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Supply Chain

Maersk Warns Of Slower Demand For Container Shipping

By Donna Ahern
Maersk Warns Of Slower Demand For Container Shipping

Shipping group A.P. Moller-Maersk warned on Friday of a steeper decline in global demand for shipping containers by sea this year prompted by muted economic growth and customers reducing inventories.

The company, one of the world's biggest container shippers with a market share of around 17%, said it expects container volumes to fall by as much as 4%. It had previously forecast a decline of no more than 2.5%.

Maersk, one of the world's biggest container shippers with a market share of around 17%, transports goods for retailers and consumer companies such as Walmart, Nike and Unilever.

"Maersk continue to expect muted global macro-economic growth given continued pressure from higher interest rates and potential recessionary risk in Europe and the United States," the company said in a statement.

Maersk posted record earnings last year due to high freight rates caused by high consumer demand and pandemic-related log jams at ports. But freight rates have tumbled this year amid a global economic slowdown.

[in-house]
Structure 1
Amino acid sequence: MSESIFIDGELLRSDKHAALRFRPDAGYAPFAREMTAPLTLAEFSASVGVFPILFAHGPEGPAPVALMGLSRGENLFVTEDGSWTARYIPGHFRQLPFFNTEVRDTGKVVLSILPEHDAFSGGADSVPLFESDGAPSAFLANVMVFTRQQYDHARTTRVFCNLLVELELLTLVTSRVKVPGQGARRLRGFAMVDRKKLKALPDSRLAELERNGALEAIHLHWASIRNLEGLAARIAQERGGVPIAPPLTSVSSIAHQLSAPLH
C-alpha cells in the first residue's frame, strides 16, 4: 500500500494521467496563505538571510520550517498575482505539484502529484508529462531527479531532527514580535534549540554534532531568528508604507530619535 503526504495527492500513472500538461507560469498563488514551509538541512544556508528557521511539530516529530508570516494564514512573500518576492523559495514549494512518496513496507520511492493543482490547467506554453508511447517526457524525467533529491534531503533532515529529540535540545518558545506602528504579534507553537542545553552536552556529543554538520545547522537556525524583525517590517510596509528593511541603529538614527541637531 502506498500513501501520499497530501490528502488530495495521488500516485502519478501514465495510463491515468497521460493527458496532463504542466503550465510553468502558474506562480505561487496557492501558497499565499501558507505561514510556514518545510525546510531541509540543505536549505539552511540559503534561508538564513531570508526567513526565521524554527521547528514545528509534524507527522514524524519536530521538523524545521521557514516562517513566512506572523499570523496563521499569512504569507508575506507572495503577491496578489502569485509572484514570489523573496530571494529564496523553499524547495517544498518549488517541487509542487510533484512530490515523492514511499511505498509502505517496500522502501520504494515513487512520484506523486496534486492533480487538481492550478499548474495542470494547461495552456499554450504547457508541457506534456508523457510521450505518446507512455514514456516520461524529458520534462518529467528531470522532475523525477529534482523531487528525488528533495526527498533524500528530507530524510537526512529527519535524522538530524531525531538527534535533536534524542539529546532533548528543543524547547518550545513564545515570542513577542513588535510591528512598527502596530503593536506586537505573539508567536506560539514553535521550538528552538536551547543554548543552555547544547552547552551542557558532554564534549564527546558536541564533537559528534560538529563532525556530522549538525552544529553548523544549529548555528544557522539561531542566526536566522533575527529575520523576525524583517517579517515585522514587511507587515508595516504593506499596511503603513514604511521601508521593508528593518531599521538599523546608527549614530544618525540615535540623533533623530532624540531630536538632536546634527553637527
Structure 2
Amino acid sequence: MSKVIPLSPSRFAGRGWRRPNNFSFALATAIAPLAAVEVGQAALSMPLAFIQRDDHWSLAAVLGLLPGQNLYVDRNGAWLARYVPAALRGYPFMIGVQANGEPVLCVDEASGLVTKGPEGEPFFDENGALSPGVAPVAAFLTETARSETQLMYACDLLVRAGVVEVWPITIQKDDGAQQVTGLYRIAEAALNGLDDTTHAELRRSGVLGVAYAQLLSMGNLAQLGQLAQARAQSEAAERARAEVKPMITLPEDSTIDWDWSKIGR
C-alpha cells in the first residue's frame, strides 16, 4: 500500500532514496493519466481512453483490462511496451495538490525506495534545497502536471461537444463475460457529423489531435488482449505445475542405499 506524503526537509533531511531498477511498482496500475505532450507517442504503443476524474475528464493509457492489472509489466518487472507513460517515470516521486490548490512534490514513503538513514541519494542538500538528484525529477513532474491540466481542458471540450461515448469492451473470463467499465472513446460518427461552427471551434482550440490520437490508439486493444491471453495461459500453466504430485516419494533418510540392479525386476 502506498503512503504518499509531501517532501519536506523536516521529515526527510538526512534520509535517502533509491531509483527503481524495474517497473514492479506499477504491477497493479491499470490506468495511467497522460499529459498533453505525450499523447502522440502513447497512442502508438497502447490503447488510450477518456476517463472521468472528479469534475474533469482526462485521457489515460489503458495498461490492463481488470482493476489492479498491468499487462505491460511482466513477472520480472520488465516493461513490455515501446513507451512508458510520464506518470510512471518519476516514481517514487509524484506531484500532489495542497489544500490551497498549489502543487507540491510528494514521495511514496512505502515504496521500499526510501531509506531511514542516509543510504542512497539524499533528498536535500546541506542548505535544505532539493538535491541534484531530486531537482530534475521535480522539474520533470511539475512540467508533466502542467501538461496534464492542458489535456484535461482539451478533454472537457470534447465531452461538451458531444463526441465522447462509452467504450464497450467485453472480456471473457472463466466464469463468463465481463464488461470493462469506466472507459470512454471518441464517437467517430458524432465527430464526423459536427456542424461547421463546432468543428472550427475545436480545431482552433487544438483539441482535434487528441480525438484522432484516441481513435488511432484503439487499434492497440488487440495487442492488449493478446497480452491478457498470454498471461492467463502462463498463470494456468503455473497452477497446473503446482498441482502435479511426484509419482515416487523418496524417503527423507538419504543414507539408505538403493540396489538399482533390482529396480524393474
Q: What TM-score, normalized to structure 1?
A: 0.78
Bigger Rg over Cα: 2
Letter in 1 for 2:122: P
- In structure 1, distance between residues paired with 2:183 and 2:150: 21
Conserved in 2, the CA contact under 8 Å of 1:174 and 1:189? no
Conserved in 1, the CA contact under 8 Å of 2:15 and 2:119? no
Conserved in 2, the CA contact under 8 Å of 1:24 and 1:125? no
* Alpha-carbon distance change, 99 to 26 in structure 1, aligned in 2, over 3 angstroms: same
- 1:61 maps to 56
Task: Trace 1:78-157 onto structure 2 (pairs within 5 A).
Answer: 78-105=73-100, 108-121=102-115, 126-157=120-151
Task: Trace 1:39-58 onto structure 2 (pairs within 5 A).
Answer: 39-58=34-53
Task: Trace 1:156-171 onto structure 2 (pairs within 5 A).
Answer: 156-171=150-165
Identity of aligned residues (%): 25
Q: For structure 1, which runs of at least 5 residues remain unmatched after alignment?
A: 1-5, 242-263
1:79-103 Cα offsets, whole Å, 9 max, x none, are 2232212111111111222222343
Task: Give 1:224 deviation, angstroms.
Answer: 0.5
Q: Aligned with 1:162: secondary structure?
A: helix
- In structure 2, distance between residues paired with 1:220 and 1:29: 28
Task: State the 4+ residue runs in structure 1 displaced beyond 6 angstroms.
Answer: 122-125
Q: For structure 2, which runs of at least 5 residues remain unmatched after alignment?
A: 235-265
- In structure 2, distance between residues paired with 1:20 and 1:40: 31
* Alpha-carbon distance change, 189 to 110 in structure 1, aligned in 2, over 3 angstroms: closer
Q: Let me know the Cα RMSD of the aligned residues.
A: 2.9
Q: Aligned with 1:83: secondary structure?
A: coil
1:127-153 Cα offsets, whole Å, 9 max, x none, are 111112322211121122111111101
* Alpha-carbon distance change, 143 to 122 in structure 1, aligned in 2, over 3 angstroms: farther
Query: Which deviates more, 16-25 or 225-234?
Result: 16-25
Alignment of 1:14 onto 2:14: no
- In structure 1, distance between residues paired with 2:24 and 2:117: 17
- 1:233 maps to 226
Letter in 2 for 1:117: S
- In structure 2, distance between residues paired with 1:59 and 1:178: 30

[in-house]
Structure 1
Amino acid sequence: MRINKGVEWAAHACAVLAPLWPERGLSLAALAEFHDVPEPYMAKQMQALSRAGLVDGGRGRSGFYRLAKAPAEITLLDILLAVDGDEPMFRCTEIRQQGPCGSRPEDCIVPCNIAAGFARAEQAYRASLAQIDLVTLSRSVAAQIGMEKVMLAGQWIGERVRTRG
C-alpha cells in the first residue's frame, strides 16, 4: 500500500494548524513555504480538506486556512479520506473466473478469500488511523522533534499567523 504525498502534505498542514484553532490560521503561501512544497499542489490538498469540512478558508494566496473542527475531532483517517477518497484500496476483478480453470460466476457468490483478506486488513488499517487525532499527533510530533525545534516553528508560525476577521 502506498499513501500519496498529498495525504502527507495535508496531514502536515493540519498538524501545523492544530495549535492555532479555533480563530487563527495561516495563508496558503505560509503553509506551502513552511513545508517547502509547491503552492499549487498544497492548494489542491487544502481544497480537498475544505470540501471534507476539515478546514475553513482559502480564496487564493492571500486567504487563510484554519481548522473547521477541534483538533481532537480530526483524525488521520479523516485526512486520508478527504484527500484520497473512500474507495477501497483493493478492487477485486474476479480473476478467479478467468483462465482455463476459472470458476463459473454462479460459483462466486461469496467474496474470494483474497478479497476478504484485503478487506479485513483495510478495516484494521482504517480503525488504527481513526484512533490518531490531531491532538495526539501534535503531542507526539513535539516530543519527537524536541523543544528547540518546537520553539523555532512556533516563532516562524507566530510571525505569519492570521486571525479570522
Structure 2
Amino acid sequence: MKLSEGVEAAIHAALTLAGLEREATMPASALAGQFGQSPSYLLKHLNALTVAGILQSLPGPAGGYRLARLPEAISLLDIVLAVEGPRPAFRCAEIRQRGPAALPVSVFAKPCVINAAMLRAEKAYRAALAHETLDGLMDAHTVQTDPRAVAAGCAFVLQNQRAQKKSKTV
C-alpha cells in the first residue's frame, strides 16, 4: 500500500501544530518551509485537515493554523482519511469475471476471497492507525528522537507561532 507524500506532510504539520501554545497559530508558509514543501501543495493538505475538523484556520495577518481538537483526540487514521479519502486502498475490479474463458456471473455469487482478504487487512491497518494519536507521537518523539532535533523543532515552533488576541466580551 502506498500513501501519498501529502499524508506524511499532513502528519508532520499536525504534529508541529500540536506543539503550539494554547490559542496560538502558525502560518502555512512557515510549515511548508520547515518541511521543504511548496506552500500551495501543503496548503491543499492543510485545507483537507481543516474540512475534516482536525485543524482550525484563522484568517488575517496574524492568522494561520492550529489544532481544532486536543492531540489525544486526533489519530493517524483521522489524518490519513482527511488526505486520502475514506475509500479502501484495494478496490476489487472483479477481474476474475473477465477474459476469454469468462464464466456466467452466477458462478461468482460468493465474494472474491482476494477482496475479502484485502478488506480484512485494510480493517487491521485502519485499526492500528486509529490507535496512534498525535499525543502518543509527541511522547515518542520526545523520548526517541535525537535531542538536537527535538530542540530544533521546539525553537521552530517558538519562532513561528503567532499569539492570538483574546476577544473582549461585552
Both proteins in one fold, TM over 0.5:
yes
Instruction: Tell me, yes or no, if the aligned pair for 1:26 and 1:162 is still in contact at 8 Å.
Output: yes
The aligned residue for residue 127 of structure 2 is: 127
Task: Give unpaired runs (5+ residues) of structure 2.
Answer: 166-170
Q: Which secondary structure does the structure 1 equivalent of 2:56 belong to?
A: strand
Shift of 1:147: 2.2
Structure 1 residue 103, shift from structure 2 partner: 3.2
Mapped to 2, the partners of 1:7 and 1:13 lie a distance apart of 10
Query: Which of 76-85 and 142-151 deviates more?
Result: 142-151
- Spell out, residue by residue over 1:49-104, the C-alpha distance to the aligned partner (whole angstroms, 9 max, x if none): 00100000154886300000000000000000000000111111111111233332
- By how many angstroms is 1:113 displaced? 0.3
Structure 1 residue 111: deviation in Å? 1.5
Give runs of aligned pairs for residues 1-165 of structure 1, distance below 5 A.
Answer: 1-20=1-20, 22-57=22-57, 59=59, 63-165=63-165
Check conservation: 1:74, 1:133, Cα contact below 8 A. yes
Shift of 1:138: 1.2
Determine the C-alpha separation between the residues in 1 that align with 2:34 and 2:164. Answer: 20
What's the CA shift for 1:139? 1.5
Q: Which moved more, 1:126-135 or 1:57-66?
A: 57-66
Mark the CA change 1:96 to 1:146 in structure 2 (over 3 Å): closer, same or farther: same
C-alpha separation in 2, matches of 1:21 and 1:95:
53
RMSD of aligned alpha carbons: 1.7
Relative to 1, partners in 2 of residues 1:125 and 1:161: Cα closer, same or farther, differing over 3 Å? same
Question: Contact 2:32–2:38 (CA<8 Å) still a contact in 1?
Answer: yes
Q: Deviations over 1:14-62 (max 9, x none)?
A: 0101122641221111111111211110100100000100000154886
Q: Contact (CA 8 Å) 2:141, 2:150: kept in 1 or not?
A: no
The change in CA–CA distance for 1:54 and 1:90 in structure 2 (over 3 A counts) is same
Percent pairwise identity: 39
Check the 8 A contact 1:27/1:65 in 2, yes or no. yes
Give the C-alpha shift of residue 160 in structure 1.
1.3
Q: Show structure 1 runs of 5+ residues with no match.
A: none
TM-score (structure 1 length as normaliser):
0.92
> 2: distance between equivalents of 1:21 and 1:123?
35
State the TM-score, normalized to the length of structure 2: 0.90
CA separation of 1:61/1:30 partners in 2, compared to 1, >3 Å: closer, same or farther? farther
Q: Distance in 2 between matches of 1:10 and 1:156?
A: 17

Second-Quarter Earnings

The company on Friday posted second-quarter earnings above expectations and narrowed its profit forecast for the year.

Earnings before interest, tax, depreciation and amortisation (EBITDA) fell to $2.91 billion in the quarter from $10.3 billion a year earlier, beating analysts' expectations of $2.41 billion in a Refinitiv poll. Revenues fell 40% to $13.0 billion.

It now expects underlying EBITDA between $9.5 billion and $11 billion. It had previously predicted an underlying EBITDA of between $8 billion and $11 billion.

The company said the number of containers it loaded onto ships between April and June fell by 6% from a year earlier, while average freight rates halved.

"The second-quarter result contributed to a strong first half of the year, where we responded to sharp changes in market conditions prompted by destocking and subdued growth environment following the pandemic fuelled years," Chief Executive Vincent Clerc said in a statement.

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